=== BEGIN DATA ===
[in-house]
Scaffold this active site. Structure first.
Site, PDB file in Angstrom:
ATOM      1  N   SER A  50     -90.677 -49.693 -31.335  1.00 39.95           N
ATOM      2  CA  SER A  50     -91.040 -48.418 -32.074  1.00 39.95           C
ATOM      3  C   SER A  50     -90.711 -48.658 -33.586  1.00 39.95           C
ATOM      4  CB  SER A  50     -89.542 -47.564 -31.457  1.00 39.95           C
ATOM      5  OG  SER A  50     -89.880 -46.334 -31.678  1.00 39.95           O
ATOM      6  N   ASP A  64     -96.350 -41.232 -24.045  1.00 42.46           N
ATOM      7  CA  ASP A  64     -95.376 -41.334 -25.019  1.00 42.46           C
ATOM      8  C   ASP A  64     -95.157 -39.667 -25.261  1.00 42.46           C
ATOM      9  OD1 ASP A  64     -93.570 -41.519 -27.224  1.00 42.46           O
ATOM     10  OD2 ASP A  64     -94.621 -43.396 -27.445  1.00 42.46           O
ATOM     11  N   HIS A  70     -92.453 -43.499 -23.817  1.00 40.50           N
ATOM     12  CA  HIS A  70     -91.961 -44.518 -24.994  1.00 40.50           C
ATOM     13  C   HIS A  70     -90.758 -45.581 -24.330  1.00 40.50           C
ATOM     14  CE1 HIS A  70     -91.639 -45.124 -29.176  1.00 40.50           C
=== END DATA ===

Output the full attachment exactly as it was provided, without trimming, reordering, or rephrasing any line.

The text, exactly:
[in-house]
Scaffold this active site. Structure first.
Site, PDB file in Angstrom:
ATOM      1  N   SER A  50     -90.677 -49.693 -31.335  1.00 39.95           N
ATOM      2  CA  SER A  50     -91.040 -48.418 -32.074  1.00 39.95           C
ATOM      3  C   SER A  50     -90.711 -48.658 -33.586  1.00 39.95           C
ATOM      4  CB  SER A  50     -89.542 -47.564 -31.457  1.00 39.95           C
ATOM      5  OG  SER A  50     -89.880 -46.334 -31.678  1.00 39.95           O
ATOM      6  N   ASP A  64     -96.350 -41.232 -24.045  1.00 42.46           N
ATOM      7  CA  ASP A  64     -95.376 -41.334 -25.019  1.00 42.46           C
ATOM      8  C   ASP A  64     -95.157 -39.667 -25.261  1.00 42.46           C
ATOM      9  OD1 ASP A  64     -93.570 -41.519 -27.224  1.00 42.46           O
ATOM     10  OD2 ASP A  64     -94.621 -43.396 -27.445  1.00 42.46           O
ATOM     11  N   HIS A  70     -92.453 -43.499 -23.817  1.00 40.50           N
ATOM     12  CA  HIS A  70     -91.961 -44.518 -24.994  1.00 40.50           C
ATOM     13  C   HIS A  70     -90.758 -45.581 -24.330  1.00 40.50           C
ATOM     14  CE1 HIS A  70     -91.639 -45.124 -29.176  1.00 40.50           C